Currently, formulation of inorganic fertilizers is based on cation amounts such as NH4, K, Mg, Ca, Fe, MN Cu, and Zn, whereas anion species and amounts are viewed, with few exceptions, as necessary fillers. The delivery of cations in the nutrient solution is associated with an anion such as Cl, SO4, NO3, PO4 or CO3. These anions at higher concentrations can result in different growth responses by altering the rhizosphere pH, soluble salts, and influencing the uptake of both cations and anions. The impact of these anions has not been extensively studied in the formulation of inorganic fertilizers. Several experiments assessed the effect of SO4 and Cl on root and shoot growth and development of bedding plants represented by petunia, impatiens, and vinca. In all treatments, plant height, shoot and root dry weight, and flower number decreased with an increase in Cl concentration. Root morphology was marked by fewer total roots and shorter primary and secondary roots when grown with Cl anions compared to the plants grown with SO4 anions. This indicates that anions have a larger role in determining optimum fertilizer formulation than previously believed. This information provides an additional tool in formulating fertilizers for greenhouse bedding plant production.

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Jonathan M. Frantz*, Dharmalingam S. Pitchay, and James C. Locke

There are several commercial materials available that have remarkable hydrating properties and many claim them to be ideal for use in horticulture and deliver water to the roots better than other soilless media. These are often referred to as “hydrogels.” There is general agreement in the literature that the physical characteristics of hydrogels are altered in the presence of divalent cations such as Ca and Mg. Tap water can reduce the water holding capacity by 70% or more. Unfortunately, the literature agrees on little else in terms of the performance of hydrogels. Some of the confusion is caused in part by comparing one type of hydrogel to another but treating all as equal. There has been no mathematical performance evaluation of hydrogel and what affect the environment may play in that performance to predict potential irrigation savings or shelf life extension. In a series of greenhouse and laboratory studies, we have evaluated the physical characteristics of several types of hydrogels and characterized bedding plant performance throughout a typical growth cycle. We measured leaf expansion, water content of the media, root growth, flowering, and fresh and dry masses. We have found little to no differences in the rate of leaf expansion when using hydrogels, but enhanced root growth early in production with the hydrogels. Our results indicated that plant growth was enhanced early in production, but any advantage they may have was lost by the end of production. Plants grown in hydrogels needed irrigation less frequently than those without hydrogel, but the effect was diminished over time. Since the use of the material can add about 15% to the cost of potting media, this data is designed to assist growers in hydrogel use and to determine any benefits of the added costs.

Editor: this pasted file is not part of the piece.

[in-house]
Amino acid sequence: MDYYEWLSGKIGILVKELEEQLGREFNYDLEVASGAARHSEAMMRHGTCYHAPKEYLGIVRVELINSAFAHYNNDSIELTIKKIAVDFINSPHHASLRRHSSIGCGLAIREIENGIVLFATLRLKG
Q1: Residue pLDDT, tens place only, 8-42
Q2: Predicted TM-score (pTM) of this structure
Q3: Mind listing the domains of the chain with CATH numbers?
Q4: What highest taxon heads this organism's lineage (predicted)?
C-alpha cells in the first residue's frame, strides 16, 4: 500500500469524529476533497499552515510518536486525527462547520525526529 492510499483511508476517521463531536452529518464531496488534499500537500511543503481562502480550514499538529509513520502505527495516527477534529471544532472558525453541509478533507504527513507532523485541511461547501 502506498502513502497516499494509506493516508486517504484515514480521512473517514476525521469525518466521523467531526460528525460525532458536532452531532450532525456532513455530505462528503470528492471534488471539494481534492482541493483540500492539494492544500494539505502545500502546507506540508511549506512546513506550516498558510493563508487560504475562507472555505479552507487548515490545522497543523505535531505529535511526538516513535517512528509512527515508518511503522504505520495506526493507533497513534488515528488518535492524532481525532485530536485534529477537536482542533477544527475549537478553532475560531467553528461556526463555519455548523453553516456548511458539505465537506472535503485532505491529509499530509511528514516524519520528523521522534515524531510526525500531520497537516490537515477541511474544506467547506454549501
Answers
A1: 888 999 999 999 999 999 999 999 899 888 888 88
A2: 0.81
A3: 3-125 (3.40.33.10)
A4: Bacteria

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Jonathan M. Frantz, Gregory E. Welbaum, Zhengxing Shen, and Ron Morse

“Float-bed” (FB) is a simple hydroponic system used by the tobacco industry for transplant production. “Ebb-and-flood” (EF) is a modified FB system with periodic draining of the bed to limit water availability and control plant growth. Field-bed cabbage (Brassica oleracea L. gp. Capitata) transplant production was compared with FB, EF, and overhead-irrigated plug-tray greenhouse systems. Plants were produced in May and June and transplanted in a field near Blacksburg, Va., in June and July of 1994 and 1995, respectively. Beds for FB and EF production consisted of galvanized metal troughs (3.3 × 0.8 × 0.3 m) lined with a double layer of 0.075-mm-thick black plastic film. In 1994, both EF and FB seedlings were not hardened before transplanting, were severely stressed after transplanting, and had higher seedling mortality compared with plants from other systems. Plug-tray transplants showed the greatest increase in leaf area following transplanting and matured earlier than seedlings produced in other systems. In 1995, EF- and FB-grown cabbage plants were hardened by withholding water before transplanting, and seedlings had greater fresh mass and leaf area than plug-tray or field-bed seedlings 3.5 weeks after transplanting. Less succulent cabbage transplants were grown in EF and FB systems containing 66 mg·L-1 N (40% by nitrate) and 83 mg·L-1 K. Compared with the FB system, the EF system allowed control of water availability, which slowed plant growth, and increased oxygen concentration in the root zone. Both EF and FB systems are suitable for cabbage transplant production.

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Jonathan M. Frantz, Gregory E. Welbaum, Zhengxing Shen, and Ron Morse